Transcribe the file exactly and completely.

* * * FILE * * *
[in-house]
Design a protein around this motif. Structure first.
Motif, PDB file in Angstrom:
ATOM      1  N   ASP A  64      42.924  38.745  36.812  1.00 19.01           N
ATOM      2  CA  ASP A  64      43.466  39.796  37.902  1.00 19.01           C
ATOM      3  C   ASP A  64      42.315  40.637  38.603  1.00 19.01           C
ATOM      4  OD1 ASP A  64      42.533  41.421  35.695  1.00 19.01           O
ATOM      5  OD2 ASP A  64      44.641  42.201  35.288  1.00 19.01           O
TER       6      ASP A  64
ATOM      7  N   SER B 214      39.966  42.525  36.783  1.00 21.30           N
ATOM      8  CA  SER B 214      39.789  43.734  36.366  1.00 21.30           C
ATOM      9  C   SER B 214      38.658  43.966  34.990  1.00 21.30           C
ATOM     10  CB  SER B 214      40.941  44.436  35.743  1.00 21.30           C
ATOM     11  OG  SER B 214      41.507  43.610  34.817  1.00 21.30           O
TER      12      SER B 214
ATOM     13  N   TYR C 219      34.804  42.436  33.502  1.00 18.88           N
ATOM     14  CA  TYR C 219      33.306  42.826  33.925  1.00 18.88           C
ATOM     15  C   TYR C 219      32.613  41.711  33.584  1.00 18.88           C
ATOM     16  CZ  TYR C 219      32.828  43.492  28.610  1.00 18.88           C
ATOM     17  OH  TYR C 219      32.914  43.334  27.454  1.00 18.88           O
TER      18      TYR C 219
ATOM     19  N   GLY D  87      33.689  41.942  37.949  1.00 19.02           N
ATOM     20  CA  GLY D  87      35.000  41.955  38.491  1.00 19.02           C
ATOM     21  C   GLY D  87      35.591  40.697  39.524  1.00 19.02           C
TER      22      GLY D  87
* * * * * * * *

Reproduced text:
[in-house]
Design a protein around this motif. Structure first.
Motif, PDB file in Angstrom:
ATOM      1  N   ASP A  64      42.924  38.745  36.812  1.00 19.01           N
ATOM      2  CA  ASP A  64      43.466  39.796  37.902  1.00 19.01           C
ATOM      3  C   ASP A  64      42.315  40.637  38.603  1.00 19.01           C
ATOM      4  OD1 ASP A  64      42.533  41.421  35.695  1.00 19.01           O
ATOM      5  OD2 ASP A  64      44.641  42.201  35.288  1.00 19.01           O
TER       6      ASP A  64
ATOM      7  N   SER B 214      39.966  42.525  36.783  1.00 21.30           N
ATOM      8  CA  SER B 214      39.789  43.734  36.366  1.00 21.30           C
ATOM      9  C   SER B 214      38.658  43.966  34.990  1.00 21.30           C
ATOM     10  CB  SER B 214      40.941  44.436  35.743  1.00 21.30           C
ATOM     11  OG  SER B 214      41.507  43.610  34.817  1.00 21.30           O
TER      12      SER B 214
ATOM     13  N   TYR C 219      34.804  42.436  33.502  1.00 18.88           N
ATOM     14  CA  TYR C 219      33.306  42.826  33.925  1.00 18.88           C
ATOM     15  C   TYR C 219      32.613  41.711  33.584  1.00 18.88           C
ATOM     16  CZ  TYR C 219      32.828  43.492  28.610  1.00 18.88           C
ATOM     17  OH  TYR C 219      32.914  43.334  27.454  1.00 18.88           O
TER      18      TYR C 219
ATOM     19  N   GLY D  87      33.689  41.942  37.949  1.00 19.02           N
ATOM     20  CA  GLY D  87      35.000  41.955  38.491  1.00 19.02           C
ATOM     21  C   GLY D  87      35.591  40.697  39.524  1.00 19.02           C
TER      22      GLY D  87